Sadly, these statistics support findings that traffic fatalities across the United States have actually increased, instead of decreased, in recent years. This increase happened despite such measures as new and improved vehicle safety features and campaigns to end distracted driving.
Pay attention and make safe choices
Fortunately, there are things we can do to have a safer ridesharing experience, whether as a passenger or driver. As a rider, be aware of your surroundings. It’s easy to get caught up in keeping track of your belongings, texting or taking a phone call, or engaging with the driver as you prepare to exit the vehicle. Pause and check your immediate surroundings before exiting. Avoid stepping into traffic. Exit curbside instead.
In addition, know that you can stop the ride at any time if you feel unsafe. You can have the driver pull over so you can get out before you reach your destination. You may then choose to call a different rideshare driver. Or maybe you want to take public transportation from there, or simply walk the rest of the way to your destination. Be sure to report the driver if you have a negative experience. Also, never pay with cash. All rideshare companies use a credit card payment system.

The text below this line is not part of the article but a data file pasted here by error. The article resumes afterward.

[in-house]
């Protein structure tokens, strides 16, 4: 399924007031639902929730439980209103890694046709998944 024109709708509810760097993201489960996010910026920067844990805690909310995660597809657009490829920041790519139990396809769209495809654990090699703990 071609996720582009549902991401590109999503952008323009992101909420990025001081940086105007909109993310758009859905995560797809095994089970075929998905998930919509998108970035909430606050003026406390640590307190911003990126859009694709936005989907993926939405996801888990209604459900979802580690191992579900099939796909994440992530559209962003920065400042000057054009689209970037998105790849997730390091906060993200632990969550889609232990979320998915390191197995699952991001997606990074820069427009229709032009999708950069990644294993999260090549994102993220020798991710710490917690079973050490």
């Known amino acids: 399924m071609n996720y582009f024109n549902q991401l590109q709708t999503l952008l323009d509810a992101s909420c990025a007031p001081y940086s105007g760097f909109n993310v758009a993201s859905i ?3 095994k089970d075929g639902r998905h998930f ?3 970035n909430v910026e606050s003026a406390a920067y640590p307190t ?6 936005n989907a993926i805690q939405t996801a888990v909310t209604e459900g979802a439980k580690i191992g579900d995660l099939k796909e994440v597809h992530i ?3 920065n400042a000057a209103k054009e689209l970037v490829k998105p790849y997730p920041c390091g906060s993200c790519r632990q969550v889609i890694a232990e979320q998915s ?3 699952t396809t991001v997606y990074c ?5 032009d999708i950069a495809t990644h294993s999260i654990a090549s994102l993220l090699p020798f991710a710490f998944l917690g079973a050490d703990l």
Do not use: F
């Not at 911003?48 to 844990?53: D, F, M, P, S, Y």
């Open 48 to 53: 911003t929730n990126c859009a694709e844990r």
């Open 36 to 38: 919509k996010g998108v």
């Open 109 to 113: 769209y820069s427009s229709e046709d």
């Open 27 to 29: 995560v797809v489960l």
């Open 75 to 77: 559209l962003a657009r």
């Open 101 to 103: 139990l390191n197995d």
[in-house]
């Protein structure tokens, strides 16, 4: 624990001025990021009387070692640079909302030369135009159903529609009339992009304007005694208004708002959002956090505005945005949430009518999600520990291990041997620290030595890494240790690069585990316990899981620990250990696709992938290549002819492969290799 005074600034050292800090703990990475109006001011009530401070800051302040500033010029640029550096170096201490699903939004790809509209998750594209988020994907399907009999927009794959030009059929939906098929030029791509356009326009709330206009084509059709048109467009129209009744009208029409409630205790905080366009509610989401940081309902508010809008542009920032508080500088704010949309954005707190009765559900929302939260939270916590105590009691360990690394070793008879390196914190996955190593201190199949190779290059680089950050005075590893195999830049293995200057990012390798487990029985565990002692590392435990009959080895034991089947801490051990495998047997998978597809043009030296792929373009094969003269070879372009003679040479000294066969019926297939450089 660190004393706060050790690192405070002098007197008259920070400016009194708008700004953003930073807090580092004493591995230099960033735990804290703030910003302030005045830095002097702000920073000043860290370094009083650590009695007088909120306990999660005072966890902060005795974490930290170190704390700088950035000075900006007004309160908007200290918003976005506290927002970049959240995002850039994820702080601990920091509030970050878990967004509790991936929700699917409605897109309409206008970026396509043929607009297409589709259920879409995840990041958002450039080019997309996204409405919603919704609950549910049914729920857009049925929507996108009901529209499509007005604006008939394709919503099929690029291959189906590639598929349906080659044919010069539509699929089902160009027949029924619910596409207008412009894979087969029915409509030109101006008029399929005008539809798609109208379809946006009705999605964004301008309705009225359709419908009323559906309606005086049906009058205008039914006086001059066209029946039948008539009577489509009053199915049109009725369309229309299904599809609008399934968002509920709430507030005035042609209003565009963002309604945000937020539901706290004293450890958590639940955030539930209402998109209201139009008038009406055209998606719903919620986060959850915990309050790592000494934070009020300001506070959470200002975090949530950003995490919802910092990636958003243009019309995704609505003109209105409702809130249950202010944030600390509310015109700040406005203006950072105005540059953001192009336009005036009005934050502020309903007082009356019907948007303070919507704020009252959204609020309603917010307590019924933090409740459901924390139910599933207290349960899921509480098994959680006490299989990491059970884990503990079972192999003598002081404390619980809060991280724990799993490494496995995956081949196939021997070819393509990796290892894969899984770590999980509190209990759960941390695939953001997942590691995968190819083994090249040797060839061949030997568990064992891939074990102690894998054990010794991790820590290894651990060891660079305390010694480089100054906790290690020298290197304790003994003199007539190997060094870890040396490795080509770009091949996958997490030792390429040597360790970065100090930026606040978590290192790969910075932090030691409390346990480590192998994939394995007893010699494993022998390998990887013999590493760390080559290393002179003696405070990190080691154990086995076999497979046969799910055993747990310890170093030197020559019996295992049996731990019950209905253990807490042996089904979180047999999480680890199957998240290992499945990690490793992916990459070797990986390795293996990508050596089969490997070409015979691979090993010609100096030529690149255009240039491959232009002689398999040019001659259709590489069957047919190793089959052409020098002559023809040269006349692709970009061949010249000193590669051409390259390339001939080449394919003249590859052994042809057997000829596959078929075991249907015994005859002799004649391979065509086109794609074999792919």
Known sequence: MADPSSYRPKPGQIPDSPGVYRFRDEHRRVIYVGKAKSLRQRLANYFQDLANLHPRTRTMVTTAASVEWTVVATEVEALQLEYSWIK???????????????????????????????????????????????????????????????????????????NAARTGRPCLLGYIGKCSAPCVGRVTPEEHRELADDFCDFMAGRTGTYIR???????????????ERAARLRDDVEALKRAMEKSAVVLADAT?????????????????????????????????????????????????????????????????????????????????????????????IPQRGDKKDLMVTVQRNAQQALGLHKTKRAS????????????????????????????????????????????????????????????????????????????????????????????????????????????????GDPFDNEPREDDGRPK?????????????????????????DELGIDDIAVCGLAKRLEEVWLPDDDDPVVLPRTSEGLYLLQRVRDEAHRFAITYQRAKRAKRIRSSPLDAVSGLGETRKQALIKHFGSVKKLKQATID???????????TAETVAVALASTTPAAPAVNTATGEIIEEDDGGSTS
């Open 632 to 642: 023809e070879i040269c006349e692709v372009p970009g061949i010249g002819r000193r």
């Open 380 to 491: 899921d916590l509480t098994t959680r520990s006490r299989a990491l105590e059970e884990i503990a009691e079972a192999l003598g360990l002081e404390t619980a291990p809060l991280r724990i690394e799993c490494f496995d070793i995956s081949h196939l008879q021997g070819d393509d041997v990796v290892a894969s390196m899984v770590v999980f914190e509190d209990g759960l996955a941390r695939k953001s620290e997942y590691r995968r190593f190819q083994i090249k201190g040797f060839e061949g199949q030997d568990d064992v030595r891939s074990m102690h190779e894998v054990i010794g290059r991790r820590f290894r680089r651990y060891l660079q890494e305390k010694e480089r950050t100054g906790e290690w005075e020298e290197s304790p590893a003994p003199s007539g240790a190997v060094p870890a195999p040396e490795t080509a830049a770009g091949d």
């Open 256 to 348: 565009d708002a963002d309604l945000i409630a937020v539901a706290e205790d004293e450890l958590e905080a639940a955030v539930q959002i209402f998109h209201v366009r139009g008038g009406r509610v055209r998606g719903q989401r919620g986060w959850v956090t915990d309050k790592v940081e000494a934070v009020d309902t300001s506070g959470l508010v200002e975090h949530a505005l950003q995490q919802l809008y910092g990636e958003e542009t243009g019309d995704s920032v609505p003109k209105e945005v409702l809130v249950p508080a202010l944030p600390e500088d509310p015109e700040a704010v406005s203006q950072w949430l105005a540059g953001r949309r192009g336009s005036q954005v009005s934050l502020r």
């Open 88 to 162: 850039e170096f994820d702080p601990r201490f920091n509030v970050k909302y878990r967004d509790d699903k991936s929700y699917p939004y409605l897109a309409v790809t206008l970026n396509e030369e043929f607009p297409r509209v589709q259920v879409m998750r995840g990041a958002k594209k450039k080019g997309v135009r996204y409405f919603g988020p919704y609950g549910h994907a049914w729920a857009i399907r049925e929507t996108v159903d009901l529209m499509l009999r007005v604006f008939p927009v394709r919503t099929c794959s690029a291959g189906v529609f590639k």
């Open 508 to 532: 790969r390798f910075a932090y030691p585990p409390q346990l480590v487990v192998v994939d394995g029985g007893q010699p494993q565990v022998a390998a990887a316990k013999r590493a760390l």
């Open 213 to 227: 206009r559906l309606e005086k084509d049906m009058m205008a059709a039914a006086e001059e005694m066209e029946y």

You have probably seen headlines about passengers mistakenly entering the vehicle of an imposter Uber driver and being attacked; or on the flip side, a rideshare driver being assaulted by rowdy riders. These are serious situations that require proper precautions, so it’s important to pay attention and make safe choices.